Summer is months away, and it may seem early to select a summer camp for your child.
Wrong, say camp placement counselors Anne Kogen and Marion Tepper of Encino.
Summer camps--once just a way for city kids to spend a few weeks in the woods--now can provide a wide array of experiences for children, which often makes the selection confusing and time-consuming, they said.
Among the more than 1,300 summer camps in the United States and around the world are ones in which the child can explore China by bike or shoot the rapids on the Snake River. Or hang-glide in North Carolina, study a language, stay with a Portuguese family, dance, earn college credits, lose weight, improve study habits. . . .
Scores of Specialties
"You name the area," Kogen said, "and there is a program for it."
To help parents and children faced with the myriad choices, Kogen and Tepper 10 years ago added camp placement to the services of their firm, American College Placement Service, which matches clients with colleges, private schools and boarding schools.
Saul Rowen, past president of the Western Assn. of Independent Camps, said that independent camp-placement counselors, although well-established in the East, are unusual in California.
In New York, they are so plentiful that they vie for business with newspaper ads, he said. But in the Los Angeles area they are so rare that independent placement agencies must combine camp counseling with college and school placement in order to survive.
"Until recently," Rowen explained, "fewer Southern California youngsters went to camp. When they did, it was casual, outdoorsy and nearby. Often, families scouted local camps on their own. Or they acted on referrals from friends."
But now more California parents want their children to attend specialized camps where they can learn computer science, polish their theatrical skills or participate in sports with athletes from around the globe. Many of these camps are in such far-flung places as Europe, Hawaii or the East Coast, with many concentrated in New Hampshire, Maine and Connecticut.
Mystique of the East
According to Tepper, the East has a "prestigious mystique." She speculated that this may be because of East Coast families moving to the West and retaining the tradition of sending their kids to camps back home, or parental fears about sending their children to camps abroad because of recent terrorist scares in Europe. For whatever reason, she said, "There seems to be more of a demand in the last few years for camps in the East."
As Californians became more camp-conscious, local camp directors and counselors went into the communities to acquaint residents with their programs. Day camps organized open houses. Sleep-away camps rekindled memories with the distribution of yearbooks, and sponsored winter reunions and evenings during which veteran camper families talked about the camps with potential new campers and their parents.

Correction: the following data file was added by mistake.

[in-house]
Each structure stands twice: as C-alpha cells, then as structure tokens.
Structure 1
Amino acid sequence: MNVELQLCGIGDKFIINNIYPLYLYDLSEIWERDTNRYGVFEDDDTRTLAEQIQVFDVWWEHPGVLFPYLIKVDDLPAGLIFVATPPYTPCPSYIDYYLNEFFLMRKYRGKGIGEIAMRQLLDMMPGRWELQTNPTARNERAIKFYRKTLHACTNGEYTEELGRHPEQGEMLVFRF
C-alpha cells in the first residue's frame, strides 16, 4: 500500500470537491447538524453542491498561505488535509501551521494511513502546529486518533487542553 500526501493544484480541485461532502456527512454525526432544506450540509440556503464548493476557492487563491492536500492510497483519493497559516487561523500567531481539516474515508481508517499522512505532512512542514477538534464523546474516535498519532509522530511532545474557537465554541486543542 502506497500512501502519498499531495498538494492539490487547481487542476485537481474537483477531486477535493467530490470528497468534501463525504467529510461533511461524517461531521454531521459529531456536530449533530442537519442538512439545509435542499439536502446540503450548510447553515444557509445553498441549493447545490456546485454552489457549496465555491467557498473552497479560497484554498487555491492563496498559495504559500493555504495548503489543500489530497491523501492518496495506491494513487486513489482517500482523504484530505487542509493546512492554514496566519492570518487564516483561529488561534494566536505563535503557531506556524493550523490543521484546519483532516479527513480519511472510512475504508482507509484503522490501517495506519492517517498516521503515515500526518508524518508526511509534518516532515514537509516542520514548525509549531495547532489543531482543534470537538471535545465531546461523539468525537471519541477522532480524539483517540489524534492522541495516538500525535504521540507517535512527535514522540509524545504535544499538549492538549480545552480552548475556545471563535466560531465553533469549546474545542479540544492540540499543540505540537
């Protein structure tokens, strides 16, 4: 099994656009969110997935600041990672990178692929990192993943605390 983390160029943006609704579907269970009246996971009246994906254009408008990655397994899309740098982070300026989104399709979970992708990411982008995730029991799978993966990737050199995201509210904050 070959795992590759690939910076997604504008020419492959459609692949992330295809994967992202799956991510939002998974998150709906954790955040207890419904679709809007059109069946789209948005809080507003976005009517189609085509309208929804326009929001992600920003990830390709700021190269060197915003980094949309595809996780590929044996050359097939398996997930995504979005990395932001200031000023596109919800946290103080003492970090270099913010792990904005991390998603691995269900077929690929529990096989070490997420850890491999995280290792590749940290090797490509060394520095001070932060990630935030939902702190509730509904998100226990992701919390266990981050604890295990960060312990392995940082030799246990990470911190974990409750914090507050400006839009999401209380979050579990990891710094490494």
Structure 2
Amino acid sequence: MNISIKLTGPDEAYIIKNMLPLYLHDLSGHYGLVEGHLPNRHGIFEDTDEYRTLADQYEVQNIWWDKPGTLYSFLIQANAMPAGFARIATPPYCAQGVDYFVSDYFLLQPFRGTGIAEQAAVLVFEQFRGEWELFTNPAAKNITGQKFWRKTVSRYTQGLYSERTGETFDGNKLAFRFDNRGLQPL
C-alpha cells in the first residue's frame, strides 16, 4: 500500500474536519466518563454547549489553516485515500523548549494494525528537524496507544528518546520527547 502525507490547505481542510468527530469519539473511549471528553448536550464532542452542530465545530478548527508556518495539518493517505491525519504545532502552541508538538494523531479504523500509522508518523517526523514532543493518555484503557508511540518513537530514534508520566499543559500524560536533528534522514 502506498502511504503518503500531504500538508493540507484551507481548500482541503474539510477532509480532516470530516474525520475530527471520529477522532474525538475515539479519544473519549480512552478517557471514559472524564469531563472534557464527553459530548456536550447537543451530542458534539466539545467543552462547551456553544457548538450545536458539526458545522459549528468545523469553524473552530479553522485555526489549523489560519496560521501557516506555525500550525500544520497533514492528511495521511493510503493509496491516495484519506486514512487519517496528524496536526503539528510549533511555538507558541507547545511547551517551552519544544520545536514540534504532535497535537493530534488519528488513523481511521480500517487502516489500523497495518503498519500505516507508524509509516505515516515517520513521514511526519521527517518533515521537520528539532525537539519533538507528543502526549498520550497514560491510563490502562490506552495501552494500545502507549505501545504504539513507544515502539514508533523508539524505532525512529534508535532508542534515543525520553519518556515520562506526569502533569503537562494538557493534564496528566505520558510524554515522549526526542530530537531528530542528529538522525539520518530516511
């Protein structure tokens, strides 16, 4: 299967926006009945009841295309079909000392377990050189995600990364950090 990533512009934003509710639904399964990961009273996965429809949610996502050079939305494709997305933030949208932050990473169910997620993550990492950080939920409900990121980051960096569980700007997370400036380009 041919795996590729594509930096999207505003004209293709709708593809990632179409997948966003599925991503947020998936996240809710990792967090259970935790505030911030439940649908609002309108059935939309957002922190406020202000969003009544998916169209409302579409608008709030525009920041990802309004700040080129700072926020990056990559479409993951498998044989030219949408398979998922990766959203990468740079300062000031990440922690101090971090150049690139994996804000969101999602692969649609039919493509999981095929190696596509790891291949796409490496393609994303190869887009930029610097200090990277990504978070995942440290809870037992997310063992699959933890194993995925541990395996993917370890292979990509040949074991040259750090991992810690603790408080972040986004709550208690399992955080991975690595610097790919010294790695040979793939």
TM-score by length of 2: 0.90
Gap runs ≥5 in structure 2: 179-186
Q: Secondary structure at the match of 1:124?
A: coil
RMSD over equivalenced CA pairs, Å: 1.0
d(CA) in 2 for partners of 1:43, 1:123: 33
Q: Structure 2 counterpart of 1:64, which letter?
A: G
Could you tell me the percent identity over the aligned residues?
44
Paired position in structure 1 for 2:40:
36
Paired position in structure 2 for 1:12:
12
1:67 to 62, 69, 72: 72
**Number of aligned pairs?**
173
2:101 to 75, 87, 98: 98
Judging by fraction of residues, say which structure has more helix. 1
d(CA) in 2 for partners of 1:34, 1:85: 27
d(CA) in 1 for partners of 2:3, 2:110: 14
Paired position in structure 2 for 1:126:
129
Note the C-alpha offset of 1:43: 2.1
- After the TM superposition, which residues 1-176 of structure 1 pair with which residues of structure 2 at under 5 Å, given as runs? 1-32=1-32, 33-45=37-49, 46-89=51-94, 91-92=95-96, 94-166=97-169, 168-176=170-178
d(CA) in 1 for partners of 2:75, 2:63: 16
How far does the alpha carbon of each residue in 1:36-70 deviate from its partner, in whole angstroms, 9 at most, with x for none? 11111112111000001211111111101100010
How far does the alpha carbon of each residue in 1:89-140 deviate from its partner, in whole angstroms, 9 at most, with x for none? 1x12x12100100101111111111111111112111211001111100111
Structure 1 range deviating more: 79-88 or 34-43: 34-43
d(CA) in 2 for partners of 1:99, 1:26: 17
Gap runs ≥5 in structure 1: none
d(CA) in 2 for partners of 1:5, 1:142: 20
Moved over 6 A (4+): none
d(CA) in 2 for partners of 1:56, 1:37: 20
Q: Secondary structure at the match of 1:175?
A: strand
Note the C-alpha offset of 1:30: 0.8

But the newest marketing tool of summer camps is the "camp fair." In its third year, Camp Fair '87 will be held from 11 a.m. to 3 p.m. Sunday at Buckley School, 3990 Stansbury Ave., Sherman Oaks. Fifty camps are expected to participate.
The event is sponsored by the American Camping Assn., Southern California Section, and the Western Assn. of Independent Camps. Admission is free. Last year, between 350 and 500 parents and prospective campers attended to talk with the various camp directors and counselors.
Flat Fee for Advice
Although many schools in the West Los Angeles, Beverly Hills and San Fernando Valley areas have counselors who will help students select an appropriate summer camp, many parents prefer the in-depth evaluation and personal suggestions of specialists--and they are willing to pay for them. Kogen and Tepper charge a flat $35 fee for counseling on camps.
One professional couple said they "would not make an academic or recreational move without consulting Kogen and Tepper." When it came time to find a camp for their 13-year-old son, they wanted one that would help him develop physically and provide him with good role models. Kogen talked with the parents and the son to see what he himself would like.
"Kogen came up with an out-of-state camp," the mother said. "Off went our son, not knowing a soul, but comfortable because of his confidence in Kogen. He had an excellent experience."
There are times though, that placement becomes sticky. When the mother of an overweight, TV-watching youngster insisted on a physically challenging, outdoor program for her daughter, Kogen and Tepper were wary. After talking with the child, the counselors said, they "strongly dissuaded the mother." Forcing the child would have been unfair and unrealistic, they said.
"We suggested something more to the child's liking," Tepper said, "while offering her the opportunity to experience some of the challenging activities her mother required. It worked out very well."
Kogen said there have been a few other times when they have had to educate a parent.